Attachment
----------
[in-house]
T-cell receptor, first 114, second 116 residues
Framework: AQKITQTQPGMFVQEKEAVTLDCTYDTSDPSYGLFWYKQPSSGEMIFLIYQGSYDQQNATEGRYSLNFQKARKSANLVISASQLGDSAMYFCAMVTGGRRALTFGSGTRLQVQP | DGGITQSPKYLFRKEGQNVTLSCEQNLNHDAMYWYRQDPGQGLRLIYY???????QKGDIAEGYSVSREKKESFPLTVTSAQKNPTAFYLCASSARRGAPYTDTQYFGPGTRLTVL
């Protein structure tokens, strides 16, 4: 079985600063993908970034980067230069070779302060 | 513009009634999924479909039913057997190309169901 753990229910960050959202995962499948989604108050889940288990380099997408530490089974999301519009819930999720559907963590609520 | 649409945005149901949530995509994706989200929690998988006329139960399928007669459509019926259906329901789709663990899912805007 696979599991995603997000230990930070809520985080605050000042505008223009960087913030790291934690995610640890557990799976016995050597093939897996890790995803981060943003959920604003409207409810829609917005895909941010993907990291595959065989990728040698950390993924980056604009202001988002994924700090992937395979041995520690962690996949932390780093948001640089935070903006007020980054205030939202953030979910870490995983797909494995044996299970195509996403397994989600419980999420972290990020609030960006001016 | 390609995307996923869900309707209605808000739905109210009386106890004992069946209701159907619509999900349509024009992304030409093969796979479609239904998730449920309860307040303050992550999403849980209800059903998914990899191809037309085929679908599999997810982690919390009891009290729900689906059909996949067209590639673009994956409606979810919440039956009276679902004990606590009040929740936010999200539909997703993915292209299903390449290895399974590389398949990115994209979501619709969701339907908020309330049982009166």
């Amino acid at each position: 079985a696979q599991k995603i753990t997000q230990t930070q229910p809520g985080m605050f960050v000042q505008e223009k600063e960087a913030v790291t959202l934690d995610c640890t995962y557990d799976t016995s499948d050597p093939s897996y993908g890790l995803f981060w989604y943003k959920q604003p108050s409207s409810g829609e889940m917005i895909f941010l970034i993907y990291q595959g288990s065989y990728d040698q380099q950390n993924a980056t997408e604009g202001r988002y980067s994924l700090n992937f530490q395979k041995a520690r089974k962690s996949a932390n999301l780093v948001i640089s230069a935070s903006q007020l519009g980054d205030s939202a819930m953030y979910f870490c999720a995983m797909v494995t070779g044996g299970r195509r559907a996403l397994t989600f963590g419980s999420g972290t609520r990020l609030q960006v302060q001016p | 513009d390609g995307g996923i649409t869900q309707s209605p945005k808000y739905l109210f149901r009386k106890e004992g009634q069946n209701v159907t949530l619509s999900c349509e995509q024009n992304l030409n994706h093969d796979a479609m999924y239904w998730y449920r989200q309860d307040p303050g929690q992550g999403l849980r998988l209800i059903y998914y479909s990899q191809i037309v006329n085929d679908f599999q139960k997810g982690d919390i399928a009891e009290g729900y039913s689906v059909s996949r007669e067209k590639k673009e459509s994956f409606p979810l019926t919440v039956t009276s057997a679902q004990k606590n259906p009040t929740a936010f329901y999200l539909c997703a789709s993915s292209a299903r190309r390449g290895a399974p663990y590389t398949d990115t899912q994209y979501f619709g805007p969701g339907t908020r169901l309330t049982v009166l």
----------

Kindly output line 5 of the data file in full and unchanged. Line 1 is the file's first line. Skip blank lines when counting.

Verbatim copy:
């Amino acid at each position: 079985a696979q599991k995603i753990t997000q230990t930070q229910p809520g985080m605050f960050v000042q505008e223009k600063e960087a913030v790291t959202l934690d995610c640890t995962y557990d799976t016995s499948d050597p093939s897996y993908g890790l995803f981060w989604y943003k959920q604003p108050s409207s409810g829609e889940m917005i895909f941010l970034i993907y990291q595959g288990s065989y990728d040698q380099q950390n993924a980056t997408e604009g202001r988002y980067s994924l700090n992937f530490q395979k041995a520690r089974k962690s996949a932390n999301l780093v948001i640089s230069a935070s903006q007020l519009g980054d205030s939202a819930m953030y979910f870490c999720a995983m797909v494995t070779g044996g299970r195509r559907a996403l397994t989600f963590g419980s999420g972290t609520r990020l609030q960006v302060q001016p | 513009d390609g995307g996923i649409t869900q309707s209605p945005k808000y739905l109210f149901r009386k106890e004992g009634q069946n209701v159907t949530l619509s999900c349509e995509q024009n992304l030409n994706h093969d796979a479609m999924y239904w998730y449920r989200q309860d307040p303050g929690q992550g999403l849980r998988l209800i059903y998914y479909s990899q191809i037309v006329n085929d679908f599999q139960k997810g982690d919390i399928a009891e009290g729900y039913s689906v059909s996949r007669e067209k590639k673009e459509s994956f409606p979810l019926t919440v039956t009276s057997a679902q004990k606590n259906p009040t929740a936010f329901y999200l539909c997703a789709s993915s292209a299903r190309r390449g290895a399974p663990y590389t398949d990115t899912q994209y979501f619709g805007p969701g339907t908020r169901l309330t049982v009166l």